If possible spray in the evening to reduce harm to the beneficial insects in your garden.
Our lemon tree is bursting into bloom with the warmer weather
We’ve got a lemon tree growing in a large pot at the back doorstep. It’s just bursting in to bloom at the moment. Unfortunately we’re also starting to get a bit of scale appearing on the undersides of some of the leaves.
Scale are usually located on the underside of leaves and sometimes the stems of plants
If you’ve got scale on your citrus trees, you’ll probably also notice that there are ants crawling over your tree too. Scales shoot a sweet substance called honeydew. Ants like to ‘farm’ the scale to feed on the honeydew. They’ll even pick the scale up and move them all over the tree. Honeydew also leads to sooty mould, a black dusty fungus that grows over the leaves and stems. Controlling the scale will also get rid of the sooty mould.
Scale insects secret honeydew which in turn attracts ants
Scale in large numbers can cause leaf yellowing, leaf drop and die-back. Don’t worry though, it’s easily treated with a spray of white oil, which suffocates them. The great news is that it’s easy to make your own white oil to treat scale and aphids.
We’ve got a Meyer Lemon tree in a container at the back doorstep
Crapemyrtle Bark Scale
September 2019 Distribution map for CMBS from EDDMaps.org
The crapemyrtle bark scale (Acanthococcus lagerstroemiae) is a recently introduced pest from Asia that initially infested crapemyrtles (Lagerstroemia spp.) in Texas during 2004. Since then, it has spread rapidly through Oklahoma, Arkansas, Louisiana, Mississippi, and Georgia. Now it has been discovered in North Carolina and Virginia, and the distant spread of this pest has likely been through the movement of plant material. Crapemyrtle bark scale (CMBS) has been confirmed in Richland County (Columbia) in South Carolina this year. With the recent appearance of CMBS in Mecklenburg County (Charlotte) in North Carolina, this insect pest may also appear soon in Upstate South Carolina.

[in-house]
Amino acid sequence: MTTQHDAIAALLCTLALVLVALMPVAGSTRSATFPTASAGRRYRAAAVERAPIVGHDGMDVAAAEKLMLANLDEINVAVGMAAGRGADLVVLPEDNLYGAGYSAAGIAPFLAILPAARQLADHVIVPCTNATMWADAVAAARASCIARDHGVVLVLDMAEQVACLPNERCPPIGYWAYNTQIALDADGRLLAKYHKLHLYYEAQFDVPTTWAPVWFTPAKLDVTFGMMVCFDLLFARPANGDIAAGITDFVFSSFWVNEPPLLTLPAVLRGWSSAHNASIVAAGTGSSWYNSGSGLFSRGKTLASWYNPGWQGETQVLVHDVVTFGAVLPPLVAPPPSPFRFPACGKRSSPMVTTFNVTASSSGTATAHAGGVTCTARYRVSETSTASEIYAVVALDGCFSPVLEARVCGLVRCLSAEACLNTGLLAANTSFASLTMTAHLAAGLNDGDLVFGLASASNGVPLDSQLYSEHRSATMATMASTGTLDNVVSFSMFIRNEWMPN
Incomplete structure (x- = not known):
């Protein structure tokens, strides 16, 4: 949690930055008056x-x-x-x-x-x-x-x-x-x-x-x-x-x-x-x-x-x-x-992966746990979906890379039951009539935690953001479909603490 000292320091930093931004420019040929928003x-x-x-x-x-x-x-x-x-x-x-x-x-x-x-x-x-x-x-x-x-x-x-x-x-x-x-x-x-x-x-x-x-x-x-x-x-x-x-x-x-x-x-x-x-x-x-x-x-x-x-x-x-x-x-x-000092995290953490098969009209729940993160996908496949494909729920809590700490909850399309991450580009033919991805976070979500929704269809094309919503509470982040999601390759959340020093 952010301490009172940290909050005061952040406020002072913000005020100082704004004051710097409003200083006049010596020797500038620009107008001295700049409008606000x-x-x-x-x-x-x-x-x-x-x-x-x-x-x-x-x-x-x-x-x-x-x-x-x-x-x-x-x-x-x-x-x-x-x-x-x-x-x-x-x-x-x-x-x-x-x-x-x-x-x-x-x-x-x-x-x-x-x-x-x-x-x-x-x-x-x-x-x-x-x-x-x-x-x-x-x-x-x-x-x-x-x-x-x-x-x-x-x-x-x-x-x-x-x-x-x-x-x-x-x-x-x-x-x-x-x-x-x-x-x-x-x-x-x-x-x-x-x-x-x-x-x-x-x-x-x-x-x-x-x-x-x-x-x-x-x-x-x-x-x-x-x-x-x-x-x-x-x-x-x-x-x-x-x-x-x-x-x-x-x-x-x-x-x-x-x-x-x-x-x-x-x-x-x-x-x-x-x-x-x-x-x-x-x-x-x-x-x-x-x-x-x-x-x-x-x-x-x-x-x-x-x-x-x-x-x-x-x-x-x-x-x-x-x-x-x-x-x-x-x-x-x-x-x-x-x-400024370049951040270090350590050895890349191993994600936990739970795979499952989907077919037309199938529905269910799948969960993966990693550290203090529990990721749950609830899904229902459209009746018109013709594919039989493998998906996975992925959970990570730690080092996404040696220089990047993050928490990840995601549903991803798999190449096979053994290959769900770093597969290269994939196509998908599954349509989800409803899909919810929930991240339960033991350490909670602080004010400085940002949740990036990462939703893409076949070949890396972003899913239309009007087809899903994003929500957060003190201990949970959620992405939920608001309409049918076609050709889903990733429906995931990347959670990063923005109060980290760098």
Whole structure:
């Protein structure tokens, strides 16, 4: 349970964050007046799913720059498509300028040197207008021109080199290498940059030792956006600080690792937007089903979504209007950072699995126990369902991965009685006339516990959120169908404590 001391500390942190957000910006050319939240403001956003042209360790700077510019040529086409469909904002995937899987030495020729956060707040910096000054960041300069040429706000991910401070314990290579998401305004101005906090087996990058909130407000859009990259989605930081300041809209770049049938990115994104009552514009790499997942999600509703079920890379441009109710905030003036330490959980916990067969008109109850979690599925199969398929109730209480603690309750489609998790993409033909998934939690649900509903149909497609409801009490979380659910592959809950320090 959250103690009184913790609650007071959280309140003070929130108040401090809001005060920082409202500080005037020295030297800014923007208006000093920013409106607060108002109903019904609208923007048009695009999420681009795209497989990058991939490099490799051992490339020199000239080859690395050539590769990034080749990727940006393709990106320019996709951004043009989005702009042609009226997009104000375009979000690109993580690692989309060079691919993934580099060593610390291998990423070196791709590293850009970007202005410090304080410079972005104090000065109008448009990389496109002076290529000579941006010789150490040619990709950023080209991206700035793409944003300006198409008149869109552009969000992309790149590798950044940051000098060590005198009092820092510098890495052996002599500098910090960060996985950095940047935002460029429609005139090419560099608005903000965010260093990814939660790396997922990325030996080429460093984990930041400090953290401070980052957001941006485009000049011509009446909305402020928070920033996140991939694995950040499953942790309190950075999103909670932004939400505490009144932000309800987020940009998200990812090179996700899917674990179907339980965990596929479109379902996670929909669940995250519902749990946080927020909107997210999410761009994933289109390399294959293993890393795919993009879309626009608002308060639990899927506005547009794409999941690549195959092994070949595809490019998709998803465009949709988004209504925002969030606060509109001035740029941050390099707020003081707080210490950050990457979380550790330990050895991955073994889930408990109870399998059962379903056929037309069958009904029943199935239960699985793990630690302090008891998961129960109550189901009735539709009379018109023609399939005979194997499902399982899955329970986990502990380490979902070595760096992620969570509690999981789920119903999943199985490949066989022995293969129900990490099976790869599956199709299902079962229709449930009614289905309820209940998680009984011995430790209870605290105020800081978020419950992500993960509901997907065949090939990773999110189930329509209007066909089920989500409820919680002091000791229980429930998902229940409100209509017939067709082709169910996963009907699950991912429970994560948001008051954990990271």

The CMBS is a bark or felt scale, which is slightly different from soft scales. However, they have a waxy coating and exude honeydew, as do soft scales. Bark scales are in a different scale insect family (Eriococcidae) than soft scales (Coccidae), and they look very similar to mealybugs.
Crapemyrtle bark scale is a new insect pest to the Southeastern US. Above on a branch are the white adults and ovisacs containing their pink eggs.
Helene Dougherty, Virginia Polytechnic Institute & State University, Bugwood.org
Crapemyrtle branches can become completely covered with crapemyrtle bark scale.
Jim Robbins, University of Arkansas CES, Bugwood.org
The CMBS infestations appear as white or gray, waxy crustations on stems, large twigs, and trunks, but rarely on foliage. They especially congregate in branch crotches and at pruning sites. This scale will settle to feed under loose, exfoliating bark of the crapemyrtle, which makes control by both predators and pesticides more difficult.
These bark scales produce copious amounts of honeydew, the sugary waste the scale produces as it feeds on the plant’s phloem. As a result, the leaves, branches, and trunk become covered with black sooty mold, which grows on the honeydew.
The spent crapemyrtle flower clusters may also be covered with crapemyrtle bark scale and sooty mold.
Mengmeng Gu, Texas A&M AgriLife Extension Service, Bugwood.org
Insect Life Cycle
The small CMBS males are winged and will fly to find females and to mate. Once the mated females produce their ovisacs (egg-containing capsules) and lay eggs, they die. The eggs remain protected within the white colored ovisacs until the crawlers (immatures) hatch and disperse onto the branches. Each female lays about 60 to 250 eggs, which may over-winter within their ovisacs, and then hatch during mid- to late April to May. The crawlers are pink, very small, and may not be noticed without a hand lens. A second peak in crawler activity occurs in late summer. Double-sided sticky tape wrapped around small branches can be used to trap the crawlers to see when they hatch and to base the timing of additional contact insecticide applications. These mobile crawlers move out to new twigs and branches to settle down and begin feeding on the sugary phloem layer beneath the bark.